2018 Business at Moore Summer Program
The Business at Moore program will take a brief hiatus during the summer of 2018 while we work on program improvements for our future students. It will resume in its new form the summer of 2019.
During this time we will hold a number of Day at Moore events where students will participate in interactive business and diversity oriented workshops, as well as meet with Moore School faculty, staff, and students to learn about the benefits of a business degree and the doors it can open. These are day long events that will be held primarily on Fridays and are open to high school sophomores, juniors, and seniors.
2017 Business at Moore Summer Program
In 2017, the Business at Moore summer program hosted 40 student participants instead of the usual 30. The increased numbers made for a great learning experience, more valuable input and an incredibly successful program!
Students from South Carolina, North Carolina and Georgia shared a valuable learning experience and engaged in friendly competition as they sought to design a product or service that could be successfully marketed on or around a college campus. They then presented their ideas to a panel of judges and an audience of their peers, parents and Moore School alums, faculty and staff as if pitching their ideas to potential investors.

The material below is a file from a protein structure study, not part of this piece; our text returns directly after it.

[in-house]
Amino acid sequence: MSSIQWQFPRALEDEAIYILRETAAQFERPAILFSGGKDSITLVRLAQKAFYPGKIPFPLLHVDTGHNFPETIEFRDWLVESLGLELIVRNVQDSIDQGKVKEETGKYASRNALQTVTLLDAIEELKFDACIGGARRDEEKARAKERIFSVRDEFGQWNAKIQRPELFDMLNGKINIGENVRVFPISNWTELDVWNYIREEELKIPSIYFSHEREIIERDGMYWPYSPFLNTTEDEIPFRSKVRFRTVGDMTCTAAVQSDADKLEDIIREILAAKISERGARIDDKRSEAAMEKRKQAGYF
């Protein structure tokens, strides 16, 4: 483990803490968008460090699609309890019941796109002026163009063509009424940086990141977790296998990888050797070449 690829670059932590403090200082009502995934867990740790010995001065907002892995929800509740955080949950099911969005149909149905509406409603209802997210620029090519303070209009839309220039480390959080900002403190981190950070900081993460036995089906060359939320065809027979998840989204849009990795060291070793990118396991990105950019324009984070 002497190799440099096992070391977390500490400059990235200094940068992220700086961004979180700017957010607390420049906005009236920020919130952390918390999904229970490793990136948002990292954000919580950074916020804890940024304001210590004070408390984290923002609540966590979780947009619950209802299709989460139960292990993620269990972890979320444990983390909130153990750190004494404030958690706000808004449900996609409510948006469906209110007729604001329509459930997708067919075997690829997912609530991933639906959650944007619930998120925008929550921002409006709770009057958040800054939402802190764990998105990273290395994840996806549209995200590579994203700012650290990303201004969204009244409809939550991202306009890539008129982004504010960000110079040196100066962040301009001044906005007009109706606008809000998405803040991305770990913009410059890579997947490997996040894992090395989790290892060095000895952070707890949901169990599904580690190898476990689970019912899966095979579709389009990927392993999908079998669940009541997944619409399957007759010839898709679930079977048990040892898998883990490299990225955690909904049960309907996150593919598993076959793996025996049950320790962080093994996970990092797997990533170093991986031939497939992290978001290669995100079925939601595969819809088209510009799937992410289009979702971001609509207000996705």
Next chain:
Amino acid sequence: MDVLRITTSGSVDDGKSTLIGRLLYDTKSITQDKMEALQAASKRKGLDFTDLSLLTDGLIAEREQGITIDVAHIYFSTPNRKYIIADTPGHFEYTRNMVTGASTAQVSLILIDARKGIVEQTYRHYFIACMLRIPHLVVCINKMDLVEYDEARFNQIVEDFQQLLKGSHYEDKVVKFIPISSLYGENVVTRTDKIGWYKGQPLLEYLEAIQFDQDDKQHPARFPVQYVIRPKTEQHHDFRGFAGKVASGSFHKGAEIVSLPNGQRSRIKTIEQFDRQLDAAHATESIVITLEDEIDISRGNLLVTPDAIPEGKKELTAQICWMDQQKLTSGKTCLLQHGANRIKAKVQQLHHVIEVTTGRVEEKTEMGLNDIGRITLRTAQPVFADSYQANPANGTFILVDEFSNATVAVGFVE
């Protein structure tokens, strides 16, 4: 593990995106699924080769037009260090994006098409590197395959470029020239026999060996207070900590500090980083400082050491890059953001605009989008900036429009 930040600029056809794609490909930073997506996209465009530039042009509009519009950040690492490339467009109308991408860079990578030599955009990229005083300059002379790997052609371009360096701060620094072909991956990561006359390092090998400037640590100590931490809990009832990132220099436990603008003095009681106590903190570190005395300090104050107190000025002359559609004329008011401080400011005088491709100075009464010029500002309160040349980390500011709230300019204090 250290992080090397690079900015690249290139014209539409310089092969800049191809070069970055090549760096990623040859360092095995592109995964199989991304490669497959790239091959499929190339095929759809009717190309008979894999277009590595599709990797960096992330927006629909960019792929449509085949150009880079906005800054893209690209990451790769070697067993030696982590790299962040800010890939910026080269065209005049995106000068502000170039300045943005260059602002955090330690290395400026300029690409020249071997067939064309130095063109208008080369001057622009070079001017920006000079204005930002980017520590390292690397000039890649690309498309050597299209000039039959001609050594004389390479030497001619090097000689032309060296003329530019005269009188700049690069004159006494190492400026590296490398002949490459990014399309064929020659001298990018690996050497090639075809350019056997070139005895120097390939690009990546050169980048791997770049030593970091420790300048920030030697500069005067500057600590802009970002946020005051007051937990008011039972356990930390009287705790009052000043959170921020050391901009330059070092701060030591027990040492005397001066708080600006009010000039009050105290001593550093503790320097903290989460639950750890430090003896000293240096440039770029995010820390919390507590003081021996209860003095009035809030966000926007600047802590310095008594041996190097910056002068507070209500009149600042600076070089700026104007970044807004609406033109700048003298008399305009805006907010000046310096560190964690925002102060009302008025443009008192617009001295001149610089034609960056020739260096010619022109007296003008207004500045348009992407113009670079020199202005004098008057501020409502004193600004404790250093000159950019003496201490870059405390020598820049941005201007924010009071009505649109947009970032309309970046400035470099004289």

The end results were impressive! Team 6, led by counselor and Moore School undergraduate Kayla Werts, won first place with UPark, an infrared parking sensor combined with an app that lets subscribers know the location of available parking spaces. The team included Alice Bowie of Irmo High School, Martin Federico of Dunwoody High School, Nicolas Jean-Gilles of Hammond High School, Lauren Martin of Hickory Ridge High School, and Andrea Sprattling of Marlboro County High School.
Team 4, consisting of counselor Charlize Melendez and student participants Annaliese Bennett from Brashier Middle College, Moneta Dunn from Dreher High School, Jayla Hill, from Orangeburg-Wilkinson High School, Justis Malker from Indian Land High School and Kenisha Robinson from Southside High School, took second place with SIP, a disposable, recyclable cup with the ability to detect date rape drugs if they are added to a drink. Not only would the product let potential victims know when they were targeted, but it would also aid the bars using them in being marked as "safe" bars for patrons.
Team1, consisting of counselor Bruce Davis and student participants Sebastian Alvarado fro Riverside High School, Denae Clowers from Westlake High School, Amanda Harris from J.L. Mann High School, Stephan Kasper from Wilson High School and Simon Penso from Cardinal Newman High School, came in third place with the Budgie, a real-time translator worn like a headset that would translate foreign languages in the moment, making immediate conversations possible regardless of potential language barriers.
All of the ideas from the 2017 program were exceptional and all of our students participants were impressive.